Is Pain Catastrophizing a Stable Trait or Dynamic State in Patients Scheduled for Knee Arthroplasty?

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This study sought to clarify whether pain-related catastrophizing is a response that varies given a specific situational circumstance (state) or an enduring personality construct (trait).


We conducted a cohort study of 150 patients undergoing total knee arthroscopy at 2 hospitals. Patients completed a battery of psychological measures, provided various sociodemographic data, and were followed for 6 months. We hypothesized that associated total knee arthroscopy surgery and recovery would predict future catastrophizing severity.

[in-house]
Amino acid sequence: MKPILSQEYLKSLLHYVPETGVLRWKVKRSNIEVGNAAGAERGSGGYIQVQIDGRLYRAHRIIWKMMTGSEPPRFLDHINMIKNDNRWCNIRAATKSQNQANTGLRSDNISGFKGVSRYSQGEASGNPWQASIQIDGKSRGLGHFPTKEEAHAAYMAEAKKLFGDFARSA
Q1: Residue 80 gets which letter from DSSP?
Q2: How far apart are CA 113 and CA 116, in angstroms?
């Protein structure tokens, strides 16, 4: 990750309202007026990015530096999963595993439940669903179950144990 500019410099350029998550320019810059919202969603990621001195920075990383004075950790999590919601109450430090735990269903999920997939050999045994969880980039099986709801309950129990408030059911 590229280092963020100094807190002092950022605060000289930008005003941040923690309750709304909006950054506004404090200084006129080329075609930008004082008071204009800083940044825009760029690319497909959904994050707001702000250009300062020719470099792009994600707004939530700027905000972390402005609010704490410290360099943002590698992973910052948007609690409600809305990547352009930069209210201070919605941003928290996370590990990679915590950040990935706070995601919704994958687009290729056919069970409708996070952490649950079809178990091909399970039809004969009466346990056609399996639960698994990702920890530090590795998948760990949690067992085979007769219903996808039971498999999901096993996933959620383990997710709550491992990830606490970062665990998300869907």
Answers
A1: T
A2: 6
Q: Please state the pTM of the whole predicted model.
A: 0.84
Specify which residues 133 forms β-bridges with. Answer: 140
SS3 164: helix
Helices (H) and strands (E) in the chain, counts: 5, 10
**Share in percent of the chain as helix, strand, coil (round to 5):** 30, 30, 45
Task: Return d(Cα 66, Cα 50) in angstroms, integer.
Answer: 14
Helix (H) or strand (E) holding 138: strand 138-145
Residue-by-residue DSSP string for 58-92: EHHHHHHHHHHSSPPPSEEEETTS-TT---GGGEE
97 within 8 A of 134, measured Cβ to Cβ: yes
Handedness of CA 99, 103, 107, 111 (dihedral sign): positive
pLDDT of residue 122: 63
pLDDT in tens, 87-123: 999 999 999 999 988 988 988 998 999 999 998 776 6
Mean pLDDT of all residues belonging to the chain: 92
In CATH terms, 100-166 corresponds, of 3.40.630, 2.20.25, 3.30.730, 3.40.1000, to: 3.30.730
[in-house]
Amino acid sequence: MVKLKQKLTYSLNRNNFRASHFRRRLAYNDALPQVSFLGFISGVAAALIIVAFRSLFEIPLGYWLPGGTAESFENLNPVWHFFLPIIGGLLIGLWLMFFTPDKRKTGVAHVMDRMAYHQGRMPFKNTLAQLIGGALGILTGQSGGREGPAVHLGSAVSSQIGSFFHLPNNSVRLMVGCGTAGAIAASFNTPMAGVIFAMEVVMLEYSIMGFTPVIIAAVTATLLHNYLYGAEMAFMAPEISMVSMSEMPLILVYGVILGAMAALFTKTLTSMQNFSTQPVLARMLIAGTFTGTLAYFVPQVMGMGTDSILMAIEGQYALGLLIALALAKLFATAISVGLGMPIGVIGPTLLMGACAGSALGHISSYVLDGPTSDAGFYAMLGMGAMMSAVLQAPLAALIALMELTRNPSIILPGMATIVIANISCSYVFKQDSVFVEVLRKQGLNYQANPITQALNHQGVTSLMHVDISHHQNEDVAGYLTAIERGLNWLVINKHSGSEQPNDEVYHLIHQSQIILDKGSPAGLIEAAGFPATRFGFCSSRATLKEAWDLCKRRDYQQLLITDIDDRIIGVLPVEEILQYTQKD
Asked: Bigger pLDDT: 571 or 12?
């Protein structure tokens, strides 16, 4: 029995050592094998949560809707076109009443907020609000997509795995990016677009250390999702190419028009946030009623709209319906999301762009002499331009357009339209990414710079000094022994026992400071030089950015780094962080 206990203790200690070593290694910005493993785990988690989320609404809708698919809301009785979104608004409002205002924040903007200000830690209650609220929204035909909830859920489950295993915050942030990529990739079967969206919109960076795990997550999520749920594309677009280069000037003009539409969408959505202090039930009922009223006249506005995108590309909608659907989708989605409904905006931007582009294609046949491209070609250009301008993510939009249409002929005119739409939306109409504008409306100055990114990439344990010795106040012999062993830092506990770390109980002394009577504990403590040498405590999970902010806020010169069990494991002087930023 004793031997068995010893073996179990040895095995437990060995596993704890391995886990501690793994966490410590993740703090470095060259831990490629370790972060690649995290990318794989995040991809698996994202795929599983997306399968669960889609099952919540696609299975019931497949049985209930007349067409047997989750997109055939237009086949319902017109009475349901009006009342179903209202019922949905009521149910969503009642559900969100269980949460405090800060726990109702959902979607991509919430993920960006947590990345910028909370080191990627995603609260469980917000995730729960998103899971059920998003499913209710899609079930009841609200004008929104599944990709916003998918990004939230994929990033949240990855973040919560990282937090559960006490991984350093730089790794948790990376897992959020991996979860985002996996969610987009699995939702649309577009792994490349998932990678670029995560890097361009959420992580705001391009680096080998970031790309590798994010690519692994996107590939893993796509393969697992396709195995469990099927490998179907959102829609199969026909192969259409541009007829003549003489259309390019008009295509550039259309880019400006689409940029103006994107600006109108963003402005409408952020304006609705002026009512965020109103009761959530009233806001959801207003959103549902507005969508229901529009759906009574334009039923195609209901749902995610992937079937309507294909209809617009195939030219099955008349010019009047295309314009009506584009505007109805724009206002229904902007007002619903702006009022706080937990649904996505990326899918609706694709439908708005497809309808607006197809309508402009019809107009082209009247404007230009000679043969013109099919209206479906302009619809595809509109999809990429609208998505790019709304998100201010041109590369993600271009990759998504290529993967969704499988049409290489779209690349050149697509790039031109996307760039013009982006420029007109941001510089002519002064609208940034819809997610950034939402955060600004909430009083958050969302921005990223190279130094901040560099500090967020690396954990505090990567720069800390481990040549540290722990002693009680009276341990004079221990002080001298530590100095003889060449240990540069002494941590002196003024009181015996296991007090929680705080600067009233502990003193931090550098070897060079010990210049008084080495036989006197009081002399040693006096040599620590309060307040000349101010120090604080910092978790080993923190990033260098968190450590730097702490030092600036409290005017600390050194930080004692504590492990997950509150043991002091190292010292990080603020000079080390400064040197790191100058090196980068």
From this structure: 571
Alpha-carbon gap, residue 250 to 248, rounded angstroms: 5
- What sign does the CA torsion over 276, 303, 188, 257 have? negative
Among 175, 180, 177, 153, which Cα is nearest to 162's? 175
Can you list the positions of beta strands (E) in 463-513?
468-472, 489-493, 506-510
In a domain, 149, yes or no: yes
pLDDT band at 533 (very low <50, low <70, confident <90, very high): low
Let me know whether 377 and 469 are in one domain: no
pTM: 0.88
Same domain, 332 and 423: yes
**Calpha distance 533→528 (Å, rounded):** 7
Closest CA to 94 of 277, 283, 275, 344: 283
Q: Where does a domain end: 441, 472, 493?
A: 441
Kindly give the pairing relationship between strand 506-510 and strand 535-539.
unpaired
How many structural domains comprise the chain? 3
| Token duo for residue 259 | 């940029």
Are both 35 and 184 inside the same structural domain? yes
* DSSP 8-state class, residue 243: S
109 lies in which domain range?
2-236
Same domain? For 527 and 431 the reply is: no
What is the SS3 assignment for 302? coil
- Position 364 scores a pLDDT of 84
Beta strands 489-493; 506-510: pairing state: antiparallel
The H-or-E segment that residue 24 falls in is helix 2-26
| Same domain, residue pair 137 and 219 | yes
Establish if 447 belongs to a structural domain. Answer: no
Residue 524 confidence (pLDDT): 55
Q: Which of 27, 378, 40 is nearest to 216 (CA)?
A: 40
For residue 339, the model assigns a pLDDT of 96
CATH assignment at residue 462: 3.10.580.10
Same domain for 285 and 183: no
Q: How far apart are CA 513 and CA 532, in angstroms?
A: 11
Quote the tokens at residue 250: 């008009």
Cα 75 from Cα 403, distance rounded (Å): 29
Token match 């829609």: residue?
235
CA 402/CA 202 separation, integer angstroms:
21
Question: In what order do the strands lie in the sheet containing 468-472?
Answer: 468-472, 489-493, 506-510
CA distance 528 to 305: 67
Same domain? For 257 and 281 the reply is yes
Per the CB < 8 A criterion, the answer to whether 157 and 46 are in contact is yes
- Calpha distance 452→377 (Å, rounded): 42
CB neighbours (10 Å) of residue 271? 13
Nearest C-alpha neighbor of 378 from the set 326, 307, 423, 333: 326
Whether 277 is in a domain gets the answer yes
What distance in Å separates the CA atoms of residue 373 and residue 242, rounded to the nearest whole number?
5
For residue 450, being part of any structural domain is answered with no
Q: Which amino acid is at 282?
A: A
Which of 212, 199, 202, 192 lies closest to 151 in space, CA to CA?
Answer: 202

After controlling for baseline covariates of age, sex, ethnicity, depression, and anxiety, we found that current pain sensation intensity predicted future catastrophizing severity. Change in pain intensity was associated with the change in catastrophizing for the baseline to 6 months postsurgery, but not between the baseline to 2 months postsurgery.


These data provide preliminary support for the notion that pain-related catastrophizing is a dynamic construct that is related to pain intensity.

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